Personally, I think if you can pass the background check, and have the money to purchase and FEED the beast.
        You should be able to own one.

  2. Nice article. I do not have much to add except that,.. like with anything,…. do your homework. The Blue Book is good too. You will be exposed to a (massive) amount of air guns, past and present, with pictures and values. It also shows what makes something 100% and down.

    I am curious as to just what the extra hole in the Sheridan was for. It looks to be well done.

    Good Day all,….. Chris

  3. BB,

    I could never be an investment collector. I am not going to let that air rifle sit in it’s box while I hope it’s value climbs. I see many “collector” airguns at shows. This past Hickory show I saw a NIB Barnett air rifle for sale. I saw the exact same air rifle for sale at the 2005 Roanoke show and every airgun show I have been to since. On more than one occasion I almost bought it. It is a beautiful, well made air rifle and the price on it is comparable to such. If I bought it, the value would likely go down as I would open that package and start playing with it.

    Now my 1906 BSA is a collector’s item and is probably worth double what I paid for it, even though I shoot it on a regular basis. Good thing, because I did not buy it to collect it. If I can’t shoot it, I don’t want it.

    • Hey RR, I bought the Barnett that wasn’t in the box at the Roanoke show (last one at the Elks club). Neat rifle with a terrible trigger. I wanted a tap loader rifle. Maybe I’ll look for a Diana 46.


      • Hey Fred,

        If you think you want one of those, I have a Diana 46E that is looking for a new home. It is a real nice shooter. There is one dude who is interested, but he hasn’t committed yet.

          • Fred
            The 46e RidgeRunner has is nice. I owned it at one point in time.

            It is a pretty good shooter. But not at the extreme distances I’m use to. And it’s kind of one of those guns that ain’t made like that now days. The flip up breech is what I’m talking about.

            I’m kind of more a PCP type of guy. I like springers. But the PCP’s kind of got their unique personality’s also. More forgiving. Easier to shoot and be accurate.

            So the 46e is cool. But just not quite my cup of tea. If that makes any sense.

  4. B.B,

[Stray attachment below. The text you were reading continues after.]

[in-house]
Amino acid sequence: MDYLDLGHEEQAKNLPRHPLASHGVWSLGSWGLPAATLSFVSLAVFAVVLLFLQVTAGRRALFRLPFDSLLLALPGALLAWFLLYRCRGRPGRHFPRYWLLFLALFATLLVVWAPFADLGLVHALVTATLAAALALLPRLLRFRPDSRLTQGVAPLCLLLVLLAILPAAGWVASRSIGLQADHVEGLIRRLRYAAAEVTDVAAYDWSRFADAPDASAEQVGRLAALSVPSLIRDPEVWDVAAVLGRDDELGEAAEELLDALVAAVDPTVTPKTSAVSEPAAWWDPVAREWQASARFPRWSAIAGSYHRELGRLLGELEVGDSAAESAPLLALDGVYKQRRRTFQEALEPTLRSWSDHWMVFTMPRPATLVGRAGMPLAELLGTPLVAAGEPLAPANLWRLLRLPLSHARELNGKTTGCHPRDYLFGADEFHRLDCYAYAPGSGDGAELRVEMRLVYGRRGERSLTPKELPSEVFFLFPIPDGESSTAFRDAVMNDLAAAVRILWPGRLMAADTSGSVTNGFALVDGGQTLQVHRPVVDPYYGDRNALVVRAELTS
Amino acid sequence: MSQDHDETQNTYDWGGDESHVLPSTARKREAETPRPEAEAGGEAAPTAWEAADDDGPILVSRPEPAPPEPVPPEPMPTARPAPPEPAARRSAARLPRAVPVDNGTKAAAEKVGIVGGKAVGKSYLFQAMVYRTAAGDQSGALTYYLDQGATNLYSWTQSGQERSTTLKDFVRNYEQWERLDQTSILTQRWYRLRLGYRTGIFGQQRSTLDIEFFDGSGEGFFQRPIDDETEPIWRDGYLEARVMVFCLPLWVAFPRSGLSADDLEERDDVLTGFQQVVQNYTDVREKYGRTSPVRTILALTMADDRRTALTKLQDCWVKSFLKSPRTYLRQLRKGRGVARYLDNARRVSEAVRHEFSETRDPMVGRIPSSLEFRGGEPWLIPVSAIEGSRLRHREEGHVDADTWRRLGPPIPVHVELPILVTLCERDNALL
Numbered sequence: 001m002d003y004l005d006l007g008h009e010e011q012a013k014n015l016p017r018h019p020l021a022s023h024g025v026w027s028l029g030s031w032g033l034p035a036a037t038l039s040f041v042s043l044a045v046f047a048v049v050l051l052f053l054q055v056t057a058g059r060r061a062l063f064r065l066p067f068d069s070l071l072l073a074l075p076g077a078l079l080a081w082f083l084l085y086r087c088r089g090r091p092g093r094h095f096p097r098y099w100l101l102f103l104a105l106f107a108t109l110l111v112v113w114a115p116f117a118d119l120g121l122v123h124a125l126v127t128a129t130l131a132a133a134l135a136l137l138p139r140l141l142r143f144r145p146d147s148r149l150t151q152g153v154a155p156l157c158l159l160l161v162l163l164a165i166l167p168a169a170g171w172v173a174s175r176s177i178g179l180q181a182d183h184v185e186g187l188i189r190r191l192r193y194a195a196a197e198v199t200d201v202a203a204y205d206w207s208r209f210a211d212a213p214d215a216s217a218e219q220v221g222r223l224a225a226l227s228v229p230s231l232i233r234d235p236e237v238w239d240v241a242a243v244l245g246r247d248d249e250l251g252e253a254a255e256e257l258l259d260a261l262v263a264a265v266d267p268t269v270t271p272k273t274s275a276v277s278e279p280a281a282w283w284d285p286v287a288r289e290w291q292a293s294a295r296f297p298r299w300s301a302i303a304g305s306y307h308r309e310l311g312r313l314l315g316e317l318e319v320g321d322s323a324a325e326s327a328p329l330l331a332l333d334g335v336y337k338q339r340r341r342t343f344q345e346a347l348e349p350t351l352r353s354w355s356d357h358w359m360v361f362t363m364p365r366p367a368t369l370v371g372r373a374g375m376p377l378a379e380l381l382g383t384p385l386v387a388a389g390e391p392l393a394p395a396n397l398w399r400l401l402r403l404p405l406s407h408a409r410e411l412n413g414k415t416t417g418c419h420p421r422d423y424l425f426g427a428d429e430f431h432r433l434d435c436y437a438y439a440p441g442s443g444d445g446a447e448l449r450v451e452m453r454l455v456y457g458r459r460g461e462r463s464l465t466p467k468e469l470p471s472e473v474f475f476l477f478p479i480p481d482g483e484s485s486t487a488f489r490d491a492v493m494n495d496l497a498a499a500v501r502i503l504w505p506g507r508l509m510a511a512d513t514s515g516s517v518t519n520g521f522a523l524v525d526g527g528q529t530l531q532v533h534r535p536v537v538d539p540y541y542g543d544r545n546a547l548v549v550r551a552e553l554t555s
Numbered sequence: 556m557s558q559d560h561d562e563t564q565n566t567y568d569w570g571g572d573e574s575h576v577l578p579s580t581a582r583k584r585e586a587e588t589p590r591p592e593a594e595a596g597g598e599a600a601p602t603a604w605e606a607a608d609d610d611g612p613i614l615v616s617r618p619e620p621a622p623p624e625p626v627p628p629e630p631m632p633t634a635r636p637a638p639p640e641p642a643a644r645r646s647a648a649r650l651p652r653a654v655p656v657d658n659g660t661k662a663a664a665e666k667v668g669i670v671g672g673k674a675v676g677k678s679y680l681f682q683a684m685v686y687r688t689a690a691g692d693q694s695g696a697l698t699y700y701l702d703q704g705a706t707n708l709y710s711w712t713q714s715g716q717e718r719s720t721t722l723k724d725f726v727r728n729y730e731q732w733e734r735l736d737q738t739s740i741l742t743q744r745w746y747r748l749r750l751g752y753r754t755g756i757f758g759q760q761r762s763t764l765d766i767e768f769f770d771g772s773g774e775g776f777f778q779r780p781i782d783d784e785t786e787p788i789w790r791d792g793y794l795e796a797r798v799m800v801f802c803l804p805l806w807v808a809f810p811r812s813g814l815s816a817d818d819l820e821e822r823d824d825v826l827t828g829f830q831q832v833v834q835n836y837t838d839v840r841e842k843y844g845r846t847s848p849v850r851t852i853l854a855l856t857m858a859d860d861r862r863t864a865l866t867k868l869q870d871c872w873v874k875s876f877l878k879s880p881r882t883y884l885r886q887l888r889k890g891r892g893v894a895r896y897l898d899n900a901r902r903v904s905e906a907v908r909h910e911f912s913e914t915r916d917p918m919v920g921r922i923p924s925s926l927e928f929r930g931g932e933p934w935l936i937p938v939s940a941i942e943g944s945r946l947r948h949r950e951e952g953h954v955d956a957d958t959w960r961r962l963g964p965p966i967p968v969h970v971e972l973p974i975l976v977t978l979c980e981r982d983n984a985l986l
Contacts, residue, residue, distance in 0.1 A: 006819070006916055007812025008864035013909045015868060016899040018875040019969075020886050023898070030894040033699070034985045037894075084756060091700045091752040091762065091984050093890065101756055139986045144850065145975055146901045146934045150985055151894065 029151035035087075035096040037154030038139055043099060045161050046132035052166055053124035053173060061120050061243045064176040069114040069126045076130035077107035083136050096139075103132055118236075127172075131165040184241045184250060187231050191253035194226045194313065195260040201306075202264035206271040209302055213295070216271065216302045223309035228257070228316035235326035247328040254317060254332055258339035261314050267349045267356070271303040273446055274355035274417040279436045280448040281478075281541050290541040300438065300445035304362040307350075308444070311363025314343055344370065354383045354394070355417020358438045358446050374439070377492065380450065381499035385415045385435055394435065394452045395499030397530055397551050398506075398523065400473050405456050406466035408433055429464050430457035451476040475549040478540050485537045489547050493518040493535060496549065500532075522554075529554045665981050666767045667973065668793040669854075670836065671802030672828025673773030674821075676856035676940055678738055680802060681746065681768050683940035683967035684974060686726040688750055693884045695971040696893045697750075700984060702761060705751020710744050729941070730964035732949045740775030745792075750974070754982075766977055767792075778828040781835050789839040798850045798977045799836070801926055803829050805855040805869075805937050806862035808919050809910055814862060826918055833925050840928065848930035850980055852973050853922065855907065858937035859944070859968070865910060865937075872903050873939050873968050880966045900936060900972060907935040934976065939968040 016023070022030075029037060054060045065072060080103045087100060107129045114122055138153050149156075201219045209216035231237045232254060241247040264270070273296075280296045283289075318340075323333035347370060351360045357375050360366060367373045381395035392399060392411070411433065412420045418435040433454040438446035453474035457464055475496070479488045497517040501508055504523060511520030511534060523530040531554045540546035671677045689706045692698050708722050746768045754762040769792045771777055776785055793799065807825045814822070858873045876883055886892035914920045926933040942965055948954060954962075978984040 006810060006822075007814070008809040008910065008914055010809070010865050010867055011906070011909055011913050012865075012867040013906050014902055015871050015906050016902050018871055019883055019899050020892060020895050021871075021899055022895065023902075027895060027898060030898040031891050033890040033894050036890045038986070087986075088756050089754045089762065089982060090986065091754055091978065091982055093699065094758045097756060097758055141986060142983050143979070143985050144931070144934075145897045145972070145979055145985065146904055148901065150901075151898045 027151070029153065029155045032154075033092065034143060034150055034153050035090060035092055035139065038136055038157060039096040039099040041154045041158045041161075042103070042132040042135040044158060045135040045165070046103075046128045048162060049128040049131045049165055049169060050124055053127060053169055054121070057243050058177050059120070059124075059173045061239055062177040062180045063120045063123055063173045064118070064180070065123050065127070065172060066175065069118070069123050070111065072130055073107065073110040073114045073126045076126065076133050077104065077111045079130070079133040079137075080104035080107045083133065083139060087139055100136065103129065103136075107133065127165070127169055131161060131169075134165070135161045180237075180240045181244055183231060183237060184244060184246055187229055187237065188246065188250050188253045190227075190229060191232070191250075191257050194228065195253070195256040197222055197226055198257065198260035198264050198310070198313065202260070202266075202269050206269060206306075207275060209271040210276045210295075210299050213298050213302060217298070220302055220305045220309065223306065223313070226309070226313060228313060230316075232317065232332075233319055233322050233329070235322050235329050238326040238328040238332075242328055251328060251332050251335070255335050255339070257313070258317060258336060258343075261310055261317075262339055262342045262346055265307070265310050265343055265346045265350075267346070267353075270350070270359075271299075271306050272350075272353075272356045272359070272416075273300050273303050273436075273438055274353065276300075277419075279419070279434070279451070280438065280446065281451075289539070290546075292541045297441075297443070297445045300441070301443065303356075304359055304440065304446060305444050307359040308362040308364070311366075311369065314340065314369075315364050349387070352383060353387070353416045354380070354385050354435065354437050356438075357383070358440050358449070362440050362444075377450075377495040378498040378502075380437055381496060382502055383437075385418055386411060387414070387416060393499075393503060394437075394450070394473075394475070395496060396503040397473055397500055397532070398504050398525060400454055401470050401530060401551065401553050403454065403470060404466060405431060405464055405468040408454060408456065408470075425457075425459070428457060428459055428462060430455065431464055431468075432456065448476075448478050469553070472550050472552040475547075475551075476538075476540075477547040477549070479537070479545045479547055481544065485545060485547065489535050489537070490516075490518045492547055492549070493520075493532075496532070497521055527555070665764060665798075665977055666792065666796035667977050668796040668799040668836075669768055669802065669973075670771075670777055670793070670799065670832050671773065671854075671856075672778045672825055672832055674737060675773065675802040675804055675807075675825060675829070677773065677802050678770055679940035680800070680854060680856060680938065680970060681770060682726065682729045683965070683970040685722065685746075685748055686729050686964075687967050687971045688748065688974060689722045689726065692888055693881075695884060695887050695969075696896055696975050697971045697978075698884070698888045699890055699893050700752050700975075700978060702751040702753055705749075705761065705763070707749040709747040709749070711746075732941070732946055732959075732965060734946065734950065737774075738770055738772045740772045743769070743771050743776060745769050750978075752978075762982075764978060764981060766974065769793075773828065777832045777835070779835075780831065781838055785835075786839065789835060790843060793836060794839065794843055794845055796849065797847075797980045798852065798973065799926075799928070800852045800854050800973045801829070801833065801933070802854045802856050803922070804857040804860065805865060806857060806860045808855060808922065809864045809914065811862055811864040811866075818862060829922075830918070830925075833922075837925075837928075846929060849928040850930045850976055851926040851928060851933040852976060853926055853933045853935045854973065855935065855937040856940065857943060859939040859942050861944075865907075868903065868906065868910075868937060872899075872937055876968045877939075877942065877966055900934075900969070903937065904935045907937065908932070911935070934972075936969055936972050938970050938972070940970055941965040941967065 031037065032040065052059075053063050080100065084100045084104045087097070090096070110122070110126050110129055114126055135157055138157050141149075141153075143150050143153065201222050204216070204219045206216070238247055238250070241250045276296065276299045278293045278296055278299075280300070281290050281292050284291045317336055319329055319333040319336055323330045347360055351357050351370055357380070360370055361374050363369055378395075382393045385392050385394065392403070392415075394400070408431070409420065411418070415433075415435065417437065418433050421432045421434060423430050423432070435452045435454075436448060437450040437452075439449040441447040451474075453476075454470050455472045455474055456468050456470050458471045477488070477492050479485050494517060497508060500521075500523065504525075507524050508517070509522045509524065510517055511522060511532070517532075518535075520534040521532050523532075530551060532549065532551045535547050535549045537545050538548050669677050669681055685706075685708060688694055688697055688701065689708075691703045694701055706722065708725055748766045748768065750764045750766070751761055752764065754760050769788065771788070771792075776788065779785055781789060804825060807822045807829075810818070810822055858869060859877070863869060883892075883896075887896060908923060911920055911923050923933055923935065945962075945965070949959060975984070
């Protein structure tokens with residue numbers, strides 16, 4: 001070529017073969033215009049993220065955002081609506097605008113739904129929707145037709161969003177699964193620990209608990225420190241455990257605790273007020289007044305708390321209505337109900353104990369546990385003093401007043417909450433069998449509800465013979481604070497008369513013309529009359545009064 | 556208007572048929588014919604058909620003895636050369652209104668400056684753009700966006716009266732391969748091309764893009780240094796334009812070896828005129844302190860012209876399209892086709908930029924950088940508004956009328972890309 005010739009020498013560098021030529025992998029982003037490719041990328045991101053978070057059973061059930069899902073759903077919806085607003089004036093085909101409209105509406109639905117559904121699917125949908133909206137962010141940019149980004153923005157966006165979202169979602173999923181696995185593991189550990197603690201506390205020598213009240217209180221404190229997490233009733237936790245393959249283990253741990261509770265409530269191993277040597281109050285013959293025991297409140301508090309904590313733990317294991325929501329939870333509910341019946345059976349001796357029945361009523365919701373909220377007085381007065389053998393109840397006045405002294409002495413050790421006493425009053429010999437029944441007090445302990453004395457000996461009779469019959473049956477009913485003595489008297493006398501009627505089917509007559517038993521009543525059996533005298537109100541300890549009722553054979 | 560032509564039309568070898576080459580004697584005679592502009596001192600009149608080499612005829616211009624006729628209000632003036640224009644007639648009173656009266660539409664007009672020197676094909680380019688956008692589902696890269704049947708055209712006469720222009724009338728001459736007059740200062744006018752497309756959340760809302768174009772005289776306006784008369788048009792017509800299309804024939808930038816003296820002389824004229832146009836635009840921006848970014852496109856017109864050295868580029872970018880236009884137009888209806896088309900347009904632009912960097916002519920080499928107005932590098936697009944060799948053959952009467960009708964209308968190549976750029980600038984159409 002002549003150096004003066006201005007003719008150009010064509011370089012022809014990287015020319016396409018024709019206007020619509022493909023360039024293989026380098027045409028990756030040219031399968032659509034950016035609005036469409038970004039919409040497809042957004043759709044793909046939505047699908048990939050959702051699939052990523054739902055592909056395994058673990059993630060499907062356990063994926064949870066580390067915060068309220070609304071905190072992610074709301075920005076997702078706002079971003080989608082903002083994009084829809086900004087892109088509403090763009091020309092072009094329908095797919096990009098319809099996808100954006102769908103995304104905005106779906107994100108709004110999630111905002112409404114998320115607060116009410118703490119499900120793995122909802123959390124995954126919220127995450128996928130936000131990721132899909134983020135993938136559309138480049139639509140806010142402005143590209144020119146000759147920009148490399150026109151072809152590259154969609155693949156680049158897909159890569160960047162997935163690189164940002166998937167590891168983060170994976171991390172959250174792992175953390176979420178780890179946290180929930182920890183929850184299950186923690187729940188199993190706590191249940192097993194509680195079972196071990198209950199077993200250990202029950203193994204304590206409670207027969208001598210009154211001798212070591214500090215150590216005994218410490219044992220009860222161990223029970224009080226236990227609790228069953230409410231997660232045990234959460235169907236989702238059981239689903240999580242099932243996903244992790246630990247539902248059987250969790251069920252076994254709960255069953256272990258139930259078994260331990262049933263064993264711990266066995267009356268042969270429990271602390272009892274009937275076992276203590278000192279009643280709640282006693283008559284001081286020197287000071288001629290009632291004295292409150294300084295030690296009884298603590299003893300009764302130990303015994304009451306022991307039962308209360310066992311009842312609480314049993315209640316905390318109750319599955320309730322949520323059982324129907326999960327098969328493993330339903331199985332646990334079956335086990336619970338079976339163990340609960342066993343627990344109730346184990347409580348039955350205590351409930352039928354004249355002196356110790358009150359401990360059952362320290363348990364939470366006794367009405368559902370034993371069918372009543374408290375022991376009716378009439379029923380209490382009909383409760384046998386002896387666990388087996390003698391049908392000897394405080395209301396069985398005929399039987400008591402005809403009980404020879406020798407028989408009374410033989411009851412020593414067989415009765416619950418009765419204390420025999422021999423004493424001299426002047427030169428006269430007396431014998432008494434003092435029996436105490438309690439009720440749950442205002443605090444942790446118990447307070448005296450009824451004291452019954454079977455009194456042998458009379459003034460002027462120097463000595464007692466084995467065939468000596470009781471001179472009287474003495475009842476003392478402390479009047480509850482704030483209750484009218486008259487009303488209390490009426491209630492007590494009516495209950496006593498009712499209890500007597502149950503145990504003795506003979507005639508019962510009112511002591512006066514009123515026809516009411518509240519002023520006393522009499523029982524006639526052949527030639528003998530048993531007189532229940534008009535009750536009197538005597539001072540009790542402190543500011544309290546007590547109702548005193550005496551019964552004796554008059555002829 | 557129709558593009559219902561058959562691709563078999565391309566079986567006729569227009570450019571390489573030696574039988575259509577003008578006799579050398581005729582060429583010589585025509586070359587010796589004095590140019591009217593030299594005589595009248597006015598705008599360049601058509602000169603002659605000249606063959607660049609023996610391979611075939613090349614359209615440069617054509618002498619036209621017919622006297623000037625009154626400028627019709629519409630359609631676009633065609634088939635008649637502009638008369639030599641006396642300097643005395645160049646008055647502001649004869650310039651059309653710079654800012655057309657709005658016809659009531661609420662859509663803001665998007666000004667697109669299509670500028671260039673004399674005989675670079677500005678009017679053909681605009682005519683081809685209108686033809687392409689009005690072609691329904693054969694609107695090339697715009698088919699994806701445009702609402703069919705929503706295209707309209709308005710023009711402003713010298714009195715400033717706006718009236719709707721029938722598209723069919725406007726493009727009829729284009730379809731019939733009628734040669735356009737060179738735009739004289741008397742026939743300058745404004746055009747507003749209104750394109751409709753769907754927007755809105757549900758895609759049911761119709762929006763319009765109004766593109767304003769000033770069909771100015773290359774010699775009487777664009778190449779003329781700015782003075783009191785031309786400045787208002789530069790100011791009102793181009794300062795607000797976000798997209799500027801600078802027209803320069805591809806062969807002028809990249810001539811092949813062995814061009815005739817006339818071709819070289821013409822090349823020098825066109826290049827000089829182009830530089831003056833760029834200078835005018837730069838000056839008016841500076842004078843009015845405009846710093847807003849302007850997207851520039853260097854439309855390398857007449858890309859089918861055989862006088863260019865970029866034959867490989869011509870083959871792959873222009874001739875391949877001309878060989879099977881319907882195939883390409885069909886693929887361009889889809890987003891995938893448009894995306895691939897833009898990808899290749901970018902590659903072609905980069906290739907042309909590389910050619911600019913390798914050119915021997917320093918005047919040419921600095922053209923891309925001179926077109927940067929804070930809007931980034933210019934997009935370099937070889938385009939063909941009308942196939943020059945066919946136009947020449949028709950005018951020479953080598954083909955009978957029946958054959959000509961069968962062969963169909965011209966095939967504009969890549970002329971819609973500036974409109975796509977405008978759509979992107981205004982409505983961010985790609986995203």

I’m not trying to be funny. If no one has seen that Winchester for over half a century how do I, as buyer, know that there is actually a gun in the box and not a weighted 2 x 4???
    Seems like a good way to scam a collector with a forgery.


  5. Speaking of the new selection of air rifles to be offered this year, Hard Air Magazine has just published their review of the new Crosman/Benjamin Wildfire. It sounds as if you are thinking of this air rifle, you might want to think a little bit more to make sure you are getting what you want. It does not sound like a good first time PCP.

    • RidgeRunner, I read that report on the Wildfire last night. I was let down. They C02 version they tested was weak, but accurate. This one isn’t powerful and it isn’t accurate (compared to the C02 one they tested). I also liked what they said about all the newbies will get one, only to discover fill one can be expensive or a bother for them. The low price point will bring in “big box store” type buyers with no idea what they are getting with PCP. Other than guys (and gals) on here and the likes, most don’t have a clue about PCP. I agree with what they said at the end, consider a Benjamin Maximus. It was powerful and accurate.


  6. Interesting read.

    People will invest in all kinds of things speculating that they can sell the item for a profit. Guess that airguns are no different.

    Thanks for the different perspective B.B.


    IMHO, a rifle that has spent years/decades in its original box has been neglected in the worst way. Rifles need to be taken for walks in the bush and shot frequently – even if they suffer little marks and dings – they are much happier for the love and attention. 🙂